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Southwestern Timeline

Cultural History

 

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The Pecos Classification is an early Southwestern cultural-temporal framework which emerged from the Pecos Conference of 1927 (Kidder 1927). This classification is based principally on changes in architecture, pottery and and other forms of material culture.

The Pecos Classification is largely applicable only to parts of the Anasazi culture area - not the whole Southwest. Some changes have been made to the original definitions but the the Pecos Classification still forms the basis of chronological division for the Anasazi culture.

 

 

Timeline

 
Culture Area
     
Date
Navajo Reservoir
San Juan Basin
Rio Grande/Jemez
Gallina
Pecos   Ceramic Assemblage
(dominant types)
Architecture Other events
1863-present Reservation Navajo Reservation Navajo US Territorial   PV        
1770-1863 Cabezon Cabezon Mexican/Santa Fe Trail Cabezon PV        
1650s-1770 Gobernador Gobernador Post Pueblo Revolt Gobernador PV   Gobernador Polychrome    
1540-1650s Dinétah Dinétah Pueblo Revolt
Contact Colonial
Dinétah PIV   Dinétah Gray    
1400-1540     Classic Pueblo IV   PIV        
1100-1400 PIII McElmo/Mesa Verde PIII Coalition Pueblo III Largo-Gallina Late PIII
1200-1300
Mesa Verde Mesa Verde B/w, indented corrugated (rock & sherd)   Major re-population
PIII
1140-1200
McElmo McElmo, indented corrugated (rock/sherd/sand)   Major depopulation/severe drought
900-1100 Arboles PII Bonito PII Late Developmental Pueblo II   Early PIII
1090-1140
Late Bonito Chaco-McElmo/Gallup B/w, indented corrugated (sand) Major greathouse constr. north of San Juan River Major population increase, then decrease
Late PII
1040-1100
Classic Bonito Gallup B/w, indented corrugated (sand & trachyte) Major greathouse constr. Major depopulation. Varied climate: drought, major surplus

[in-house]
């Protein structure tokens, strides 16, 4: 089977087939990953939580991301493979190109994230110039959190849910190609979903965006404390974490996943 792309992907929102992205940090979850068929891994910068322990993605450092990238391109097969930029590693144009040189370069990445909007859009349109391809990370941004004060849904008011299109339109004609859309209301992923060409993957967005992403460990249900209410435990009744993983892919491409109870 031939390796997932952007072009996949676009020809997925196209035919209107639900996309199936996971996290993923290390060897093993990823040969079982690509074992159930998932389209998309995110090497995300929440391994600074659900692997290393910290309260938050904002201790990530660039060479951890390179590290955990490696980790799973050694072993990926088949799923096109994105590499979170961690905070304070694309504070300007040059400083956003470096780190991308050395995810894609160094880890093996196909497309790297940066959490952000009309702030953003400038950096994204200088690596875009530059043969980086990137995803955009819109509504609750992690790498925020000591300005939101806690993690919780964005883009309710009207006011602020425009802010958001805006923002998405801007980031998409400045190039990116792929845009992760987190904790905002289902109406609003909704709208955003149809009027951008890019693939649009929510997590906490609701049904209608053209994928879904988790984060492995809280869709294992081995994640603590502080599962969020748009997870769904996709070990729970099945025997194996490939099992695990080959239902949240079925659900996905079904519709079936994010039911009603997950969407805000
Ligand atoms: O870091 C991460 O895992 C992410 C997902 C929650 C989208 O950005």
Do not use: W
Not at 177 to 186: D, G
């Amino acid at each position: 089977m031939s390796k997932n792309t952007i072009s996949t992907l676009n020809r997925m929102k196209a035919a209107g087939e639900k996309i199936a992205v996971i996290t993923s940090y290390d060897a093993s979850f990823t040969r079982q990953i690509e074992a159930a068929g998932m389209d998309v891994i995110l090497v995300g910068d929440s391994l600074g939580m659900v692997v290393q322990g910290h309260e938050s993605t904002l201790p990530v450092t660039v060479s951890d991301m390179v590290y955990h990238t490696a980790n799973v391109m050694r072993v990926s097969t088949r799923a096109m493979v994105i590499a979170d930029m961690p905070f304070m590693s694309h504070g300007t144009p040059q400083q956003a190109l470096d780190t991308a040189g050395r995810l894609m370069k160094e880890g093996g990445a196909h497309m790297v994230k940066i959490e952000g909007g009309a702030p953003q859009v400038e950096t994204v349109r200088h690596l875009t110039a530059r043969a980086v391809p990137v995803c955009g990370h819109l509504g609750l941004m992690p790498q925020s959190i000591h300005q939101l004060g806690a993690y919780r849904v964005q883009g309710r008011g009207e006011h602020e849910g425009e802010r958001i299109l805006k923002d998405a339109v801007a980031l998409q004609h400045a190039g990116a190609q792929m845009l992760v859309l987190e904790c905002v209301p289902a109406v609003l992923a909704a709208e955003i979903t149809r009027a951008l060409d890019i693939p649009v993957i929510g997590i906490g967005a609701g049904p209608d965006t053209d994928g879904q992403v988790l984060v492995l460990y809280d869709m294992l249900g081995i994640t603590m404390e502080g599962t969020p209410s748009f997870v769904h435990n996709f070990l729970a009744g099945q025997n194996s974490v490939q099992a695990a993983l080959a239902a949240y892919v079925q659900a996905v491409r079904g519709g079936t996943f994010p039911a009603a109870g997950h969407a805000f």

PII
1000-1100
Early/Classic Bonito   Kivas appear  
Early PII
900-1040
Early Bonito Red Mesa B/w, narrow neckbanded (sand). Small-house aggregation & sharp number increase. Greathouses appear in numbers in San Juan Basin Major population rise, rise of turquoise industry/crafts, corn ubiquitous in sites. Water control systems appear.
700-900 Rosa Piedra PI White Mound PI Early Developmental Pueblo I   Late PI
875-925
Early Bonito Kiatuthlanna & Red Mesa B/w, Lino Gray & Kana'a Neckbanded Above ground slab house sites; small to moderate size? Shift from dry to wet period.
PI
800-875
White Mound Whitemound B/w, Lino Gray Classic above ground slab row house sites; small to moderate size.1st greathouses appear. Major increase in storage facilities
Early PI
700-800
White Mound Whitemound B/w, Lino Gray Deep pithouses, dispersed. Sparse storage facilities?
500-700 Sambrito BM III La Plata BM III Alameda BM III   Late BMIII
600-700
La Plata La Plata B/w, Lino & Obelisk Grays Shallow pithouses, dispersed. Moderate storage facilities (surface cists)
BMIII
500-600
La Plata La Plata B/w, Lino & Obelisk Grays Shallow pithouses. Two aggregated great communities with great kivas appear. Moderate storage facilities (surface cists)
100-500 Los Pino BM II Basketmaker II Rio Rancho BM II   Late BMII
400-500
brownware Obelisk Gray & brownware Unknown. Unknown.
BMII        
BC800-AD100 En Medio En Medio              
1800-800 Armijo Armijo              
3200-1800 San Jose San Jose              
4800-3200 Bajada Bajada              
5500-4800 Jay Jay              
10000-5500 Paleo Paleo Paleo Paleo          

 

With the coining of the Hohokam name for the culture of southern Arizona, Winifred and Harold Gladwin proposed a new system in 1934 (Gladwin and Gladwin 1934). The Gladwins named the Hohokam periods Colonial, Sedentary, Classic, Recent, and Modern.

Archaeological activity in the 1930s brought to light another major regional culture - -the Mogollon (Gladwin and Gladwin 1935; Haury 1936) which shared its origins with the Hohokam.

A fourth major subculture - Hakataya or Patayan is included in the chart below. This designation brings together several groups which occupied common areas of the Southwest and descended from common ancestors. Hakatayan cultural divisions are less well-defined than those of the other Southwestern peoples.

The chart above reflects the idea that the San Jose tradition continued on as the Anasazi and that the Cochise people continued on as the Hohokam and Mogollon; this progression is debatable.

 

 

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